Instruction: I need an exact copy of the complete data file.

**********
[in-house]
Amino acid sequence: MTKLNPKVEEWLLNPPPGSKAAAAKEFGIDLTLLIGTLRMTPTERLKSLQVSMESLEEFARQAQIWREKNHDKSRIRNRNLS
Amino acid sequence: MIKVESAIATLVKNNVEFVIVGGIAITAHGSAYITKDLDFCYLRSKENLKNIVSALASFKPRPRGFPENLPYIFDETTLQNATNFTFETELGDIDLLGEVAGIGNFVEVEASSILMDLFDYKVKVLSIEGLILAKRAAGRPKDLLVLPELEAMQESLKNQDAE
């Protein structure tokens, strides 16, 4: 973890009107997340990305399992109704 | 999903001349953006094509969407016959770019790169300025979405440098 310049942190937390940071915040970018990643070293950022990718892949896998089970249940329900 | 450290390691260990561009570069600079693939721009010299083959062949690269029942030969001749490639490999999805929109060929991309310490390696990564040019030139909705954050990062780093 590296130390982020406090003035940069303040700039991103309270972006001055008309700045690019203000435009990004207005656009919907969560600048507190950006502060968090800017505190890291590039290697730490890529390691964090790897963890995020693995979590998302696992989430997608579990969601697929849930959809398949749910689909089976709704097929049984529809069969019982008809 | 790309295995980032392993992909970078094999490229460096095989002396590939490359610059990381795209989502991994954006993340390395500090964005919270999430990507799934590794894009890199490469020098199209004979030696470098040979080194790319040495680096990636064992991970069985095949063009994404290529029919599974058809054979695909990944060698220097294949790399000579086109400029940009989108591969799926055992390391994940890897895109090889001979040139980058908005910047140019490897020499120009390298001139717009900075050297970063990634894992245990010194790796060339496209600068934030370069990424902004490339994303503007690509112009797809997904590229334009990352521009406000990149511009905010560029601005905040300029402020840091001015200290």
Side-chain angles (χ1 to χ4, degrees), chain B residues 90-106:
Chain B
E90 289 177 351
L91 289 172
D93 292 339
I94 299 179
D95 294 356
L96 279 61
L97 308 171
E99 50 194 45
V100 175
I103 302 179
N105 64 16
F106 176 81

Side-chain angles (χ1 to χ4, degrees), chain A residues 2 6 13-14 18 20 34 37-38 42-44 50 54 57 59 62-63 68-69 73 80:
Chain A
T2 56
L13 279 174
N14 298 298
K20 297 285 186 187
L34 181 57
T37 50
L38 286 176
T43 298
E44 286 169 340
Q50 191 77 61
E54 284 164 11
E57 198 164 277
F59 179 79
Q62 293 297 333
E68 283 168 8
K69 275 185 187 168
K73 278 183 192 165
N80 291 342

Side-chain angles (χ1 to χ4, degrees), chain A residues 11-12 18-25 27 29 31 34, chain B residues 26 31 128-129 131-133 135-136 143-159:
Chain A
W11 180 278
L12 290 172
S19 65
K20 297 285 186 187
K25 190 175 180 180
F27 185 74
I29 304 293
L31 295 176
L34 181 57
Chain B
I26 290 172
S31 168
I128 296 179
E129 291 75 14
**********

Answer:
[in-house]
Amino acid sequence: MTKLNPKVEEWLLNPPPGSKAAAAKEFGIDLTLLIGTLRMTPTERLKSLQVSMESLEEFARQAQIWREKNHDKSRIRNRNLS
Amino acid sequence: MIKVESAIATLVKNNVEFVIVGGIAITAHGSAYITKDLDFCYLRSKENLKNIVSALASFKPRPRGFPENLPYIFDETTLQNATNFTFETELGDIDLLGEVAGIGNFVEVEASSILMDLFDYKVKVLSIEGLILAKRAAGRPKDLLVLPELEAMQESLKNQDAE
């Protein structure tokens, strides 16, 4: 973890009107997340990305399992109704 | 999903001349953006094509969407016959770019790169300025979405440098 310049942190937390940071915040970018990643070293950022990718892949896998089970249940329900 | 450290390691260990561009570069600079693939721009010299083959062949690269029942030969001749490639490999999805929109060929991309310490390696990564040019030139909705954050990062780093 590296130390982020406090003035940069303040700039991103309270972006001055008309700045690019203000435009990004207005656009919907969560600048507190950006502060968090800017505190890291590039290697730490890529390691964090790897963890995020693995979590998302696992989430997608579990969601697929849930959809398949749910689909089976709704097929049984529809069969019982008809 | 790309295995980032392993992909970078094999490229460096095989002396590939490359610059990381795209989502991994954006993340390395500090964005919270999430990507799934590794894009890199490469020098199209004979030696470098040979080194790319040495680096990636064992991970069985095949063009994404290529029919599974058809054979695909990944060698220097294949790399000579086109400029940009989108591969799926055992390391994940890897895109090889001979040139980058908005910047140019490897020499120009390298001139717009900075050297970063990634894992245990010194790796060339496209600068934030370069990424902004490339994303503007690509112009797809997904590229334009990352521009406000990149511009905010560029601005905040300029402020840091001015200290």
Side-chain angles (χ1 to χ4, degrees), chain B residues 90-106:
Chain B
E90 289 177 351
L91 289 172
D93 292 339
I94 299 179
D95 294 356
L96 279 61
L97 308 171
E99 50 194 45
V100 175
I103 302 179
N105 64 16
F106 176 81

Side-chain angles (χ1 to χ4, degrees), chain A residues 2 6 13-14 18 20 34 37-38 42-44 50 54 57 59 62-63 68-69 73 80:
Chain A
T2 56
L13 279 174
N14 298 298
K20 297 285 186 187
L34 181 57
T37 50
L38 286 176
T43 298
E44 286 169 340
Q50 191 77 61
E54 284 164 11
E57 198 164 277
F59 179 79
Q62 293 297 333
E68 283 168 8
K69 275 185 187 168
K73 278 183 192 165
N80 291 342

Side-chain angles (χ1 to χ4, degrees), chain A residues 11-12 18-25 27 29 31 34, chain B residues 26 31 128-129 131-133 135-136 143-159:
Chain A
W11 180 278
L12 290 172
S19 65
K20 297 285 186 187
K25 190 175 180 180
F27 185 74
I29 304 293
L31 295 176
L34 181 57
Chain B
I26 290 172
S31 168
I128 296 179
E129 291 75 14